I fell at His feet like a dead man when I saw Him. And He laid His right hand upon me, and said unto me, Fear not; I am the first, and the last, and the living: and I was dead, and behold, I am alive for evermore, Amen; and have the keys of hell and of death” (Rev. 1:12-18).
Despite the canon’s existence, the saints’ vestments have variations. God of hosts himself is usually depicted as a gray-haired older man with a halo. Jesus real clothes are a white chiton with a pink tint, over which a green cloak-hermitage is thrown. The chiton on the icons was a long, girded shirt with sleeves worn over the head.
Up until the time of the Incarnation of God, the saints invariably wore chiton shirts and cloaks of himation. The colors can vary. The red chiton was Jesus real clothes. The Virgin Mary, the Apostles Peter, Paul, and Andrew are dressed in blue. The chiton of Moses is similar (blue). But Noah’s forefather’s chiton may be either green or pink.
Accordingly, the himation cloak can have different colors. Christ wears a blue himation. Andrew’s cloak is green (like Sabaoth’s). Noah and George the Victorious wear a cinnabar (scarlet) himation over the shirt. Moses is dressed in a pink himation. The apostle Peter is depicted wearing a yellow (ochre) cloak over a blue chiton, and Paul’s cloak is a cherry. Finally, Mary of Egypt is dressed in a himation over her naked body.
The Roman name for chiton is the tunic. In various translations of the Bible, the Russian word Riza (Genesis 3:21) has correspondences as chiton (Septuagint), tunic (Vulgate), and coat (King James Bible). Thus the blue chiton of Our Lady is often called a tunic. The forefather Abraham was also dressed in a tunic. The specific garment of the disheveled and dark-haired John the Baptist is a hair shirt, a coarse, short woolen chiton without sleeves.
The ancients used to say: clothing is an extension of a person. Indeed, by looking at clothing, you can learn a lot about its owner.
Janitors or construction workers at work are dressed in special suits, comfortable and durable. They are also called overalls. Overalls get dirty – they can easily be washed. Torn – no problem: sew them up and get on with your life. This is workwear, so an extra stitch can’t spoil the beauty.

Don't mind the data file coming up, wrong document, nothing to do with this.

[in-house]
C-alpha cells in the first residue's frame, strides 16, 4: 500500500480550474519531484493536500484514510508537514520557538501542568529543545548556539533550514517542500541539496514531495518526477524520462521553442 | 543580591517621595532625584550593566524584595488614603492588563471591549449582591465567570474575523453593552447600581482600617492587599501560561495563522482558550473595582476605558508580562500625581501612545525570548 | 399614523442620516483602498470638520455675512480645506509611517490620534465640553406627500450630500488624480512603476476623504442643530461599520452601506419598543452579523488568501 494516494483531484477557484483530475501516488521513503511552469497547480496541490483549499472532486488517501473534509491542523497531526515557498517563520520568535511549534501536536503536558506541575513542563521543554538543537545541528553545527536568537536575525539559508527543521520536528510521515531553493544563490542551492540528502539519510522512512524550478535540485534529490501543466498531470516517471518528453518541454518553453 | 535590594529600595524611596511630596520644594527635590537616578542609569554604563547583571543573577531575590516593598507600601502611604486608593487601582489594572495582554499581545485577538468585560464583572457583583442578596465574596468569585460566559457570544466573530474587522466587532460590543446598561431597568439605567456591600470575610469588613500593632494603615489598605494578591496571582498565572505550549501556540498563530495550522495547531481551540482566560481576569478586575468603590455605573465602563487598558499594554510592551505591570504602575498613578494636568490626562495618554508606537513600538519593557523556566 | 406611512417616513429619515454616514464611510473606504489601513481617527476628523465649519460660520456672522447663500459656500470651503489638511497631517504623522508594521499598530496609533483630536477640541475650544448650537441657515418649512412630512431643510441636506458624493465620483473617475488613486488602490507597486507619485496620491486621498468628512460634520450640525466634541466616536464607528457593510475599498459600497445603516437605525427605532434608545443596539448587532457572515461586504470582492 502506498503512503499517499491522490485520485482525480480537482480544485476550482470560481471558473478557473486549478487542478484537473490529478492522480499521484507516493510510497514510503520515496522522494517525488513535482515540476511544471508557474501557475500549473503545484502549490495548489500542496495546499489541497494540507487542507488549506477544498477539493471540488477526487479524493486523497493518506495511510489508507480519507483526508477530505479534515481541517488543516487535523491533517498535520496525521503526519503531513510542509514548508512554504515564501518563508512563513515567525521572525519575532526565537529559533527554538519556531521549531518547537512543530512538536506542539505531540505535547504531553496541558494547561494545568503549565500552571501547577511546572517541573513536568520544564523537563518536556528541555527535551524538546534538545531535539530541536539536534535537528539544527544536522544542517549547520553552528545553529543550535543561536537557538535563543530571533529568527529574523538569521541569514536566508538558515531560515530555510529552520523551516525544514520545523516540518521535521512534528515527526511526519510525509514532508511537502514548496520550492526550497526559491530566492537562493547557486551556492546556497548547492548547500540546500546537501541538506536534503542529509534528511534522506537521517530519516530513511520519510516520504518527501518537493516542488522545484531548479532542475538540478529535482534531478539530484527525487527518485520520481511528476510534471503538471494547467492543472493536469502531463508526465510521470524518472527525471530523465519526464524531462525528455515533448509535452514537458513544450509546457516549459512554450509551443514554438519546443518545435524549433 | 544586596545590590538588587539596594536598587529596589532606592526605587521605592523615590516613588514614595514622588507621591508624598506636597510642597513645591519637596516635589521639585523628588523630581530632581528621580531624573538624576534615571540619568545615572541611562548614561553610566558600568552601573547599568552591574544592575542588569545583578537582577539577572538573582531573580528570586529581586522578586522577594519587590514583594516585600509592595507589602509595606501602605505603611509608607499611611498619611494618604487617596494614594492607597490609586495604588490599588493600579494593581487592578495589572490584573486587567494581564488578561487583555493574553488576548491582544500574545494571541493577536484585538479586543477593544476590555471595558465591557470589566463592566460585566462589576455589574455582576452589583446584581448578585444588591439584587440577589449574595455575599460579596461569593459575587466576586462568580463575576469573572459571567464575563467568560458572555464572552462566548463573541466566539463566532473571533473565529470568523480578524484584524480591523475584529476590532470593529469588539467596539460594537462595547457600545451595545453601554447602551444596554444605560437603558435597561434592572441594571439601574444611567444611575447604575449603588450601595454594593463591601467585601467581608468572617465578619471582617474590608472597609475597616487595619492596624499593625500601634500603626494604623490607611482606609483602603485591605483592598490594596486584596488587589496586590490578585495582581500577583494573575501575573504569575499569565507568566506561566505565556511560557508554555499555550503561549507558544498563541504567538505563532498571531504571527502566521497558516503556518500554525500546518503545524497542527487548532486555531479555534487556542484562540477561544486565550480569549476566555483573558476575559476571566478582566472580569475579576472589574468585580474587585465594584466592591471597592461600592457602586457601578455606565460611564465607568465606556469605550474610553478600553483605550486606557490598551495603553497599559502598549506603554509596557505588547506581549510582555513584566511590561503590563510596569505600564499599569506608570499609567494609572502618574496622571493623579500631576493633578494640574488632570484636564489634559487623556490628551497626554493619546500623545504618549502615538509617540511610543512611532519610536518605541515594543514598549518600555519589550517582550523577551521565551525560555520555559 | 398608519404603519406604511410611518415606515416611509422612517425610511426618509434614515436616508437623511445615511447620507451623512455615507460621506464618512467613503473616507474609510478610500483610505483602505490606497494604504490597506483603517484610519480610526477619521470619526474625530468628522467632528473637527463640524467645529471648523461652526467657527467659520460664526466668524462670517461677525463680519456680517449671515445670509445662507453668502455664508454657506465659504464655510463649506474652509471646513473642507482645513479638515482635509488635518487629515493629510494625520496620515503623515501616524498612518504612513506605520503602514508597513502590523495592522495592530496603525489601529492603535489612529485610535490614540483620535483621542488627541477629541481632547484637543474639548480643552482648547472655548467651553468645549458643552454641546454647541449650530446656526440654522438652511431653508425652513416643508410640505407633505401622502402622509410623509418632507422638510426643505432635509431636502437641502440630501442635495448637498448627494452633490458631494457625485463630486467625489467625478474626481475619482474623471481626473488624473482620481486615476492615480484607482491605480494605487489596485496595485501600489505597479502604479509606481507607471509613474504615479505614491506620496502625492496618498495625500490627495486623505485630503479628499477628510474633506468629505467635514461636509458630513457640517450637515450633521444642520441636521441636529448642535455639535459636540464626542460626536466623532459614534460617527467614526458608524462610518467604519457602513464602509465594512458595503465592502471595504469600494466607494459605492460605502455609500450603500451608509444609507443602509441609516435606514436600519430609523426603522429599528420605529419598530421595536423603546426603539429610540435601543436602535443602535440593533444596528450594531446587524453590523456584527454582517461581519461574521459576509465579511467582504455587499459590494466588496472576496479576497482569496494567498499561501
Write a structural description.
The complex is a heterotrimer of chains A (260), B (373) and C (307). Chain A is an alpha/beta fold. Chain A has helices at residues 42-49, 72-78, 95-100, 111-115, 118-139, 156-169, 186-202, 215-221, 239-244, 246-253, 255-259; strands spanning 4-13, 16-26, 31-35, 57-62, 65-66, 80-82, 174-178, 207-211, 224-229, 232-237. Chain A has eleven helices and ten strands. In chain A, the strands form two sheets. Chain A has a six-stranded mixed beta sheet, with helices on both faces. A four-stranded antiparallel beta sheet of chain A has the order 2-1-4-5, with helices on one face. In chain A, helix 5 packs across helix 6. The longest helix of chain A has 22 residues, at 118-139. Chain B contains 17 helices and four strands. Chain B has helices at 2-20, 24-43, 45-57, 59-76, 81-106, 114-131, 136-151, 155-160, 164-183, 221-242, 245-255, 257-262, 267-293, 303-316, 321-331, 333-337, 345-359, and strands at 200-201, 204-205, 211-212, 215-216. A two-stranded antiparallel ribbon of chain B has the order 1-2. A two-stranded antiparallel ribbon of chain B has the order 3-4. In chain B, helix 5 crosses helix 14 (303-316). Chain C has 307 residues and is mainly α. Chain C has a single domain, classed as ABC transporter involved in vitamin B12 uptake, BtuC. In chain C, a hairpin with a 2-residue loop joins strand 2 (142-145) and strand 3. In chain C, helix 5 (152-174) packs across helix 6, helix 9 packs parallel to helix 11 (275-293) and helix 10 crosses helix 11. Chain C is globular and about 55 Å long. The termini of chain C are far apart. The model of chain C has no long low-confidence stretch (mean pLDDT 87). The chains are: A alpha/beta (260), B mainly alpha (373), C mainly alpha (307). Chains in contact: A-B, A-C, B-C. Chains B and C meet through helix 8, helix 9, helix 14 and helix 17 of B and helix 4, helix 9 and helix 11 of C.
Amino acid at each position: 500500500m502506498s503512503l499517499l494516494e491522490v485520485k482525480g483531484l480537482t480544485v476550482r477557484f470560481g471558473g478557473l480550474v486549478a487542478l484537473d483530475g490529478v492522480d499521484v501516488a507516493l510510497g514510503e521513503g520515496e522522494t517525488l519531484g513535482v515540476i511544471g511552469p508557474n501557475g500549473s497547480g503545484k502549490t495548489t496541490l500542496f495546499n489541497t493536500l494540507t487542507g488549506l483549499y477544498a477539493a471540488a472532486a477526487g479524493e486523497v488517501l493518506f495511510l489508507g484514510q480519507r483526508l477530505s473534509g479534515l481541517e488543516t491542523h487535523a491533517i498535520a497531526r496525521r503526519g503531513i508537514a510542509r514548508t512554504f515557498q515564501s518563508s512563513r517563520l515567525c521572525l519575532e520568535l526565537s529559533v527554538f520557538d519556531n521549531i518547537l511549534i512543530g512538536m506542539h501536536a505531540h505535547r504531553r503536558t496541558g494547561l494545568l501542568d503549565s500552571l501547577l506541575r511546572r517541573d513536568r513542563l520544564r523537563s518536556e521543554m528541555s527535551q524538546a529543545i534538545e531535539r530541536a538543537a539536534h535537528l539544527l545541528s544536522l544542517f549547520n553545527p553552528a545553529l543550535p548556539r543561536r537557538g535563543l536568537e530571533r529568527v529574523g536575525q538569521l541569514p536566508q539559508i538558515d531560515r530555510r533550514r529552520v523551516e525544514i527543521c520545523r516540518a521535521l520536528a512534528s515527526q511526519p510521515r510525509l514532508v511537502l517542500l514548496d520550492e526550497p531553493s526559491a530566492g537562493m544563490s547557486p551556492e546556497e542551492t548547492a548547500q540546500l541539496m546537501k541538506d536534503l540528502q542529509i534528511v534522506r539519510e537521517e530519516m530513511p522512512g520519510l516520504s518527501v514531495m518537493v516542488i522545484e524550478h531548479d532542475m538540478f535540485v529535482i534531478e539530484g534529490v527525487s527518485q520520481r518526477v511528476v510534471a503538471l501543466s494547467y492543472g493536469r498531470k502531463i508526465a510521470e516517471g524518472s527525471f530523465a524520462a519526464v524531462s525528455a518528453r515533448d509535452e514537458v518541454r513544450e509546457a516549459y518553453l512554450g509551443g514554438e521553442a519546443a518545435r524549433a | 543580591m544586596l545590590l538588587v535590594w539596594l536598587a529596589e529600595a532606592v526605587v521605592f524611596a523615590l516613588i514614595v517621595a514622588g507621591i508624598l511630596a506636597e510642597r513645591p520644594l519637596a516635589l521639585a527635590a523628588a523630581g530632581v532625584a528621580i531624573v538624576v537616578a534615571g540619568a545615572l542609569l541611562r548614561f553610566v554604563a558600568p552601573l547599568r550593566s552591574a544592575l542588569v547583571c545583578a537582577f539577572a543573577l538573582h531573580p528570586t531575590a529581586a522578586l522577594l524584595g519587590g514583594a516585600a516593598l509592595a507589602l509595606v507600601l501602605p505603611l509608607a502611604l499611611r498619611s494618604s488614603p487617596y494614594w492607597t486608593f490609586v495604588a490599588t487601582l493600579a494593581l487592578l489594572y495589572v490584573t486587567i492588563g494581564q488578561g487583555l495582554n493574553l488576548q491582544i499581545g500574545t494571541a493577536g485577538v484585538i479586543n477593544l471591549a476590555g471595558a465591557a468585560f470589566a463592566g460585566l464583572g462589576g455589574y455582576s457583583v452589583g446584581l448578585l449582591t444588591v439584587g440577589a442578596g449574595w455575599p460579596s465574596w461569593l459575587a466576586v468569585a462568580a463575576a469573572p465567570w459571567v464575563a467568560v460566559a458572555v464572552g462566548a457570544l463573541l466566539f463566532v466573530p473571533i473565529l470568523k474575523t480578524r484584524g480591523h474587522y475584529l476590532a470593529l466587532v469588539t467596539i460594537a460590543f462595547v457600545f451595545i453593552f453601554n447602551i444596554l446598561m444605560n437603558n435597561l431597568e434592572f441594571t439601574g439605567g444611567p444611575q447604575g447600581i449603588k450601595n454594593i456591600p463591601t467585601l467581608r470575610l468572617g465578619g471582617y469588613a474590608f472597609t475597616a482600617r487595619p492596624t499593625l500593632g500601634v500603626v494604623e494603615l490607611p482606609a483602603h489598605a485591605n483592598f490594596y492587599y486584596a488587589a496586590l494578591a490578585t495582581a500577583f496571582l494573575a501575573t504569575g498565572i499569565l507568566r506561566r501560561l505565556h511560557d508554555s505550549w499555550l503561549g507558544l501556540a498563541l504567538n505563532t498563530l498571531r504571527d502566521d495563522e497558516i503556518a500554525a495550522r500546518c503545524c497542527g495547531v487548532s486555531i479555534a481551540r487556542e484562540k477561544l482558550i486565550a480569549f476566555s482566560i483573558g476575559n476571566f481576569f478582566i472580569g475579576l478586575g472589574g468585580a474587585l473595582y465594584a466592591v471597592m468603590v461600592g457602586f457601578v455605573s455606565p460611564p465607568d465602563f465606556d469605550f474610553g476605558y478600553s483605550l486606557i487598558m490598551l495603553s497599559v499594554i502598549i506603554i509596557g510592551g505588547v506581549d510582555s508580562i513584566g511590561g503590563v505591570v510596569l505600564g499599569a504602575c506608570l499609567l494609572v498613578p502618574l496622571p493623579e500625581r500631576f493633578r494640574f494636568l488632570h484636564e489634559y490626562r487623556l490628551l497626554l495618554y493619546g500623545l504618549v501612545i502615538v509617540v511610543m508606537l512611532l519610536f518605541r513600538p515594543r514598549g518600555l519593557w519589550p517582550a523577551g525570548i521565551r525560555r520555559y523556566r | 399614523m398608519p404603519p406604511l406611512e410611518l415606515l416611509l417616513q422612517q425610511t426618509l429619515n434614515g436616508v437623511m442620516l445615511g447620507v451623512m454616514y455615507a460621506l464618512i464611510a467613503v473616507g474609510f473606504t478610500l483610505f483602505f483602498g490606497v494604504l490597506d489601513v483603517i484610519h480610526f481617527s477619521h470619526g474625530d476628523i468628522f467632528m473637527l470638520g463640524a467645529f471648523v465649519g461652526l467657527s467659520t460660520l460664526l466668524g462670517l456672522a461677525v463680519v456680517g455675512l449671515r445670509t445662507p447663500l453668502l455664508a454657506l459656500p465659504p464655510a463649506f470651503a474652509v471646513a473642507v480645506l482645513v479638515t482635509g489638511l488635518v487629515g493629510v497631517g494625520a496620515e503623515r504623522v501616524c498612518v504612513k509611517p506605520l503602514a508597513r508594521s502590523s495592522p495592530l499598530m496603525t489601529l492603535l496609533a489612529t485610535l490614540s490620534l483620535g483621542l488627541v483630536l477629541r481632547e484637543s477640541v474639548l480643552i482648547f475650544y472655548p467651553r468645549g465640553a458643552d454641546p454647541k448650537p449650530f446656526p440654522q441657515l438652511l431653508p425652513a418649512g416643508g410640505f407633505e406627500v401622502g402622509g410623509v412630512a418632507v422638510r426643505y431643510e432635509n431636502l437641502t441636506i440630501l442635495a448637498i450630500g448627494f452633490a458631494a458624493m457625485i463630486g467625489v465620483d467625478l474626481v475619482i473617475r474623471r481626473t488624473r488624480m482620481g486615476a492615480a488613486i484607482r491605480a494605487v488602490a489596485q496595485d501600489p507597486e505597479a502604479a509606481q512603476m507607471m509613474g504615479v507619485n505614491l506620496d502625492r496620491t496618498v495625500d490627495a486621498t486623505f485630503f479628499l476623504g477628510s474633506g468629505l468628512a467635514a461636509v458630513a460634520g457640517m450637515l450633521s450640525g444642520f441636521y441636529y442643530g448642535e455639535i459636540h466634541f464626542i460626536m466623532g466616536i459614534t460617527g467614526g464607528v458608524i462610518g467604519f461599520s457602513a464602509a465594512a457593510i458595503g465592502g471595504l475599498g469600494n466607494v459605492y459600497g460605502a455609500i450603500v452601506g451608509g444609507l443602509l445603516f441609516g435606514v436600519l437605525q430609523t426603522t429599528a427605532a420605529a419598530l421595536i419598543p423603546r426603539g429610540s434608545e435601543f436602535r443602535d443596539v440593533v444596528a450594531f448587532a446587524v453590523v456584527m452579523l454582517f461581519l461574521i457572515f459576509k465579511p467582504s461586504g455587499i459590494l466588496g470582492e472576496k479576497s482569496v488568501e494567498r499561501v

But employees of banks and hotels come to work in neat suits and ironed white shirts with a tie. This is so that visitors to their establishment immediately understand: here reigns order in everything, even in the clothes of each employee. You know the athlete is there if you see a jogger in the park or on the boardwalk wearing tracksuits and sneakers. But there is nothing to say about police officers or soldiers: people in uniforms immediately stand out even in a dense crowd.
In the ancient world, clothes were as “speaking” as nowadays.
One could easily distinguish a beggar vagrant from a warrior and a rich overseas merchant from a noble Roman patrician. And, of course, one could easily recognize a king by his ceremonial robes, even if he was surrounded by the noblest and richest people in the kingdom.
But two thousand years ago, the King of all kings, the incarnate God Jesus Christ, came into the world. What does the Gospel say about Jesus real clothes, the clothes of the Creator of our world? It must have been so resplendent that it outshone in beauty and richness the most lavish garments of the great emperors!
Those who think so would be greatly disappointed. The gospels tell us that the earthly life of Jesus Christ was very humble. Although His mother came from an ancient lineage of the famous King David, there was no wealth or luxury in their home. While Jesus was a child, the family supported themselves through the labor of his named father, Joseph, who worked as a carpenter.